Sunday, August 9, 2015

Navajo Nation Braces for a Million Gallons of Mining Wastewater

The Navajo Nation was bracing on Saturday for the arrival of a neon-orange, heavy-metals-infused plume of mining wastewater that was flowing toward the San Juan River from the Animas in Colorado.

The plume, unleashed on Wednesday August 5 by U.S. Environmental Protection Agency (EPA) workers assessing an entrance of the Gold King Mine in Silverado, Colorado, was flowing at one to two miles per hour, according to the San Juan County Office of Emergency Management. The tainted water reached New Mexico overnight Friday into Saturday and was headed toward the San Juan River, which flows through the Navajo Nation. The torrent is infused with heavy metals including lead, arsenic, cadmium, aluminum and copper, the EPA told attendees at a community meeting in Durango on August 7.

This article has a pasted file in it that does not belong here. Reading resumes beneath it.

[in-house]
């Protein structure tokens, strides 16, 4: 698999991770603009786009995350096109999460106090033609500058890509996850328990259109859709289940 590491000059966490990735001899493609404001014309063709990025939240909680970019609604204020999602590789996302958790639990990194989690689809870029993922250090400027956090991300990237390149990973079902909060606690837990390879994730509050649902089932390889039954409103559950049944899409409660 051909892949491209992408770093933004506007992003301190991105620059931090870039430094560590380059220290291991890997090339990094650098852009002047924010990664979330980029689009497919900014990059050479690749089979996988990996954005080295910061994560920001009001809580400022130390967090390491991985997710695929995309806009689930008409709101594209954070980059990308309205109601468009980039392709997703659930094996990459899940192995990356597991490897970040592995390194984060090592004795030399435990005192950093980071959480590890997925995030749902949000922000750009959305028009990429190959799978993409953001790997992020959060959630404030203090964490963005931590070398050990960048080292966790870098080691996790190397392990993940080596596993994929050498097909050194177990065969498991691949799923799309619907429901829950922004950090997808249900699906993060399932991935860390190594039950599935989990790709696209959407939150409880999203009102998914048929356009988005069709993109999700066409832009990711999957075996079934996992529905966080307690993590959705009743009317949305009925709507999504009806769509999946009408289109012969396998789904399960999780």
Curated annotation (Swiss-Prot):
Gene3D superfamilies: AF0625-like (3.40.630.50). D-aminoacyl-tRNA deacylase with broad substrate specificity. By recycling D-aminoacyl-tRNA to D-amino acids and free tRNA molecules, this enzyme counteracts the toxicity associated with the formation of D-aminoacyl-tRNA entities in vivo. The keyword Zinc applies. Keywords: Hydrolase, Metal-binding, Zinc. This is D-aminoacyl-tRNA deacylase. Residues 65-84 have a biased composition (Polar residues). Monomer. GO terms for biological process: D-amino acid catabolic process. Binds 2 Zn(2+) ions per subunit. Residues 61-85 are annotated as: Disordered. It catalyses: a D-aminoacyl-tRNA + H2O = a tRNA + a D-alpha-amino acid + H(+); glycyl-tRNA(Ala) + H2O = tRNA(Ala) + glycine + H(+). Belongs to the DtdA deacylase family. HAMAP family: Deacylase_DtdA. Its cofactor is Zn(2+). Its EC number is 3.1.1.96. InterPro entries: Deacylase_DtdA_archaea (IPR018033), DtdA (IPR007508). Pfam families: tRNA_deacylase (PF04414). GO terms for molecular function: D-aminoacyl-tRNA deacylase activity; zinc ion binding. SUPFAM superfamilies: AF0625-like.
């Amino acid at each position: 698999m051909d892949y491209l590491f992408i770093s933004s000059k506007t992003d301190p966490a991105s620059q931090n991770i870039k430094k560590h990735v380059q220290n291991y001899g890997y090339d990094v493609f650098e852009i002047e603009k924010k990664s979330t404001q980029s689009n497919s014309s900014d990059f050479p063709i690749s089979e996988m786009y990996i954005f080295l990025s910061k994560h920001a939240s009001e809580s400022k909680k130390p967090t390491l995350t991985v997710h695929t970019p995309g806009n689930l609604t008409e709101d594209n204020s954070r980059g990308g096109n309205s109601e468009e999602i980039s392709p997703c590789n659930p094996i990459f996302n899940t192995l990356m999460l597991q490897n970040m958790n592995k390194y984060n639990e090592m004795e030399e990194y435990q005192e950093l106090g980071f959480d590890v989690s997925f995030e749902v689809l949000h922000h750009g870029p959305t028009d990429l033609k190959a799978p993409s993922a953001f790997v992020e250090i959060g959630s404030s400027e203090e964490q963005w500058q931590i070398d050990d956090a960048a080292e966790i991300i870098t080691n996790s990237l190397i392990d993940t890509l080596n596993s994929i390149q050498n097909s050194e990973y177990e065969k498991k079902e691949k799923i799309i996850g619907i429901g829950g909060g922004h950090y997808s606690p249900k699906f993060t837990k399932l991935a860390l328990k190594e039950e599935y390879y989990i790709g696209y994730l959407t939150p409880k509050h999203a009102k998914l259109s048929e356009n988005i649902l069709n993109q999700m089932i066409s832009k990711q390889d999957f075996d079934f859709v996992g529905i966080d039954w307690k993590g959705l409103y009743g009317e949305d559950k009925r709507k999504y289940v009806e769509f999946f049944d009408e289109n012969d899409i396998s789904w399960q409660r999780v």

The tainted water will flow past at least 10 Navajo chapters and hundreds of farmers who rely on the San Juan River, the Navajo Times reported. It will ultimately end up in Lake Powell.

New Mexico officials were taking river samples as a baseline and gearing up to monitor the plume as it passed through. San Juan County officials declared a state of emergency as the Navajo Nation expressed frustration with the level of information it was receiving.


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